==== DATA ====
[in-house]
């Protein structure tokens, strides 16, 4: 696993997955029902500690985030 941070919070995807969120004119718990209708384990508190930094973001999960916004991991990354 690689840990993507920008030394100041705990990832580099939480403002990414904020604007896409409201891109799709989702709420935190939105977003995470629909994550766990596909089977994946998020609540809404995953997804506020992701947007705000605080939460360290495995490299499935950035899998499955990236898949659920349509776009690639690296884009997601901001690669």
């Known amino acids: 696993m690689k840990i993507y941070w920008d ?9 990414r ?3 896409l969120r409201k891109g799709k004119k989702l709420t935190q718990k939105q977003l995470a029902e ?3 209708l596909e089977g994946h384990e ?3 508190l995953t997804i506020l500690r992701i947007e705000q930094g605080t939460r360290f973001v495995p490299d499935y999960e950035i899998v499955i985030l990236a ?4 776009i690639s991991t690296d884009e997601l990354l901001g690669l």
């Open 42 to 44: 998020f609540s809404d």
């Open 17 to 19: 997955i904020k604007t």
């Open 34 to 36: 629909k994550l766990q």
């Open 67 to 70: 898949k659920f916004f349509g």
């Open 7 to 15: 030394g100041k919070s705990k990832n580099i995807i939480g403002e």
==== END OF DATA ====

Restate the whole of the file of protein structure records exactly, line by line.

[in-house]
């Protein structure tokens, strides 16, 4: 696993997955029902500690985030 941070919070995807969120004119718990209708384990508190930094973001999960916004991991990354 690689840990993507920008030394100041705990990832580099939480403002990414904020604007896409409201891109799709989702709420935190939105977003995470629909994550766990596909089977994946998020609540809404995953997804506020992701947007705000605080939460360290495995490299499935950035899998499955990236898949659920349509776009690639690296884009997601901001690669």
């Known amino acids: 696993m690689k840990i993507y941070w920008d ?9 990414r ?3 896409l969120r409201k891109g799709k004119k989702l709420t935190q718990k939105q977003l995470a029902e ?3 209708l596909e089977g994946h384990e ?3 508190l995953t997804i506020l500690r992701i947007e705000q930094g605080t939460r360290f973001v495995p490299d499935y999960e950035i899998v499955i985030l990236a ?4 776009i690639s991991t690296d884009e997601l990354l901001g690669l």
């Open 42 to 44: 998020f609540s809404d």
């Open 17 to 19: 997955i904020k604007t």
């Open 34 to 36: 629909k994550l766990q």
């Open 67 to 70: 898949k659920f916004f349509g």
């Open 7 to 15: 030394g100041k919070s705990k990832n580099i995807i939480g403002e």